Kazakhstan Joins the Ban on Anti-Islam Film

Kazakhstan has joined a number of other countries in banning the controversial anti-Islamic film “The Innocence of Muslims.” On October 4, a court in Astana, the country's capital, declared [ru] the film “extremist” and ruled to ban the import and distribution of “The Innocence of Muslims” across Kazakhstan. Prior to the court ruling, the authorities had blocked access to the movie trailer on YouTube.

The film that many Muslims across the world view as offensive has been banned in Egypt, Libya, Malaysia, Indonesia, Pakistan, India, and Philippines. Among Kazakhstan's neighbors in Central Asia, as reported earlier by Global Voices Online, Afghanistan and Kyrgyzstan prohibited the distribution of the movie on their territories.

Although a series of violent bomb blasts attributed to Muslim extremists rocked the country in the past 12 months, indicating the growing influence of radical interpretations of Islam in this Central Asian nation, Kazakhstan has seen no angry riots or protests over “The Innocence of Muslims”.

In Kazakhstan, the latest country so far to ban the controversial film, Muslims comprise about half of the population. This image depicts the central mosque in Astana, the country's capital. Image by Flickr user Msykos (CC BY 2.0), uploaded June 6, 2008.

Many Internet users in the country support the court ruling. For example, commenting under a report about the ban on Tengrinews.kz website, an anonymous user wrote [ru]:

Правильно сделали, а то какой то отморозок выпустил фильм и мог довести до третьей мировой. Его запрет будет лучше для всех…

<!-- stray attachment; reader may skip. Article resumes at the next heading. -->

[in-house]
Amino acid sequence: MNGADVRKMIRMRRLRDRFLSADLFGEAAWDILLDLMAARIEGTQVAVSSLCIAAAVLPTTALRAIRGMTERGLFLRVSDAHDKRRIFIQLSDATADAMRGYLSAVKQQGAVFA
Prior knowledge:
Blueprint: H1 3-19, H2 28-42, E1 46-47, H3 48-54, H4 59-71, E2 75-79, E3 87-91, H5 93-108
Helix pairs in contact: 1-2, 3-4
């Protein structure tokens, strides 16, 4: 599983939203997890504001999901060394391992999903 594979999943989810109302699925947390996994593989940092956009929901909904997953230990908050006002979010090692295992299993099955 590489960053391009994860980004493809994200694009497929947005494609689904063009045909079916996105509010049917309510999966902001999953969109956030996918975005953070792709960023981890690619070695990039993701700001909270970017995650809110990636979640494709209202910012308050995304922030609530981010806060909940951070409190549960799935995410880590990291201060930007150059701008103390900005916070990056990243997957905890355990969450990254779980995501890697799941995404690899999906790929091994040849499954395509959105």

They've done a right thing. Some idiot produced the movie and could provoke the third world war. The ban is good for everyone…

Yet, some netizens suggest that there was no need to ban the film. Umka opined [ru] that Kazakhstanis were different from the nationals of those countries where the film had prompted angry demonstrations:

Никакой фильм меня не заставит выходить на улицу. Я знаю что это фильм…

No movie can cause me to take to the streets. I know that this is just a movie…

On the same website, another anonymous user proposed [ru] that the ban will make the film more popular by giving it higher exposure in the country:

Этот так называемый “фильм” – на него бы внимания никто не обратил… Так нет же – надо было на весь мир привлечь внимание запретами, чтобы и те, кому вообще пофигу – а таких в мире процентов 99 – обязательно посмотрели…

Nobody would have paid attention to this so-called ‘movie'… But what they've done is they drew global attention to the film by banning it and thus making sure that those who didn't care [about the movie] before, watch it…

The ban has also led some netizens in the country to focus on the film itself. Blogger Tenebrant likened [ru] “The Innocence of Muslims” to “a new form of trolling“, arguing that any reaction to the film should have been avoided:

Вообщем, я тут поразмышлял и понял, что это ни что иное, как новый тип троллинга. Вот сидит народ на всяких блог-платформах и от безделия и скуки пытается вызвать баттхерт своими откровенно тупыми комментариями, постами и высказываниями, а тут один чувак взял и затроллил треть мира.

I've been thinking and I've come to realize that this is nothing but a new type of trolling. Many people in general are spending time on blogging platforms, trying to cause butthurt by writing obviously stupid comments, posts, and statements out of idleness and boredom; and here you have one person who has trolled one-third of the world.

Others are thinking about the broader implications of the ban. Assel suggested [ru] that the court ruling to ban the film might be a prelude to further internet restrictions in the country:

Готовьтесь, теперь доступ к youtube перекроют =(

Get ready, they will now block access to YouTube =(

Kazakhstan's government blocks a number of websites it deems dangerous to the internal security of the country. It has also recently restricted religious freedoms in response to the rise of extremist Islam.

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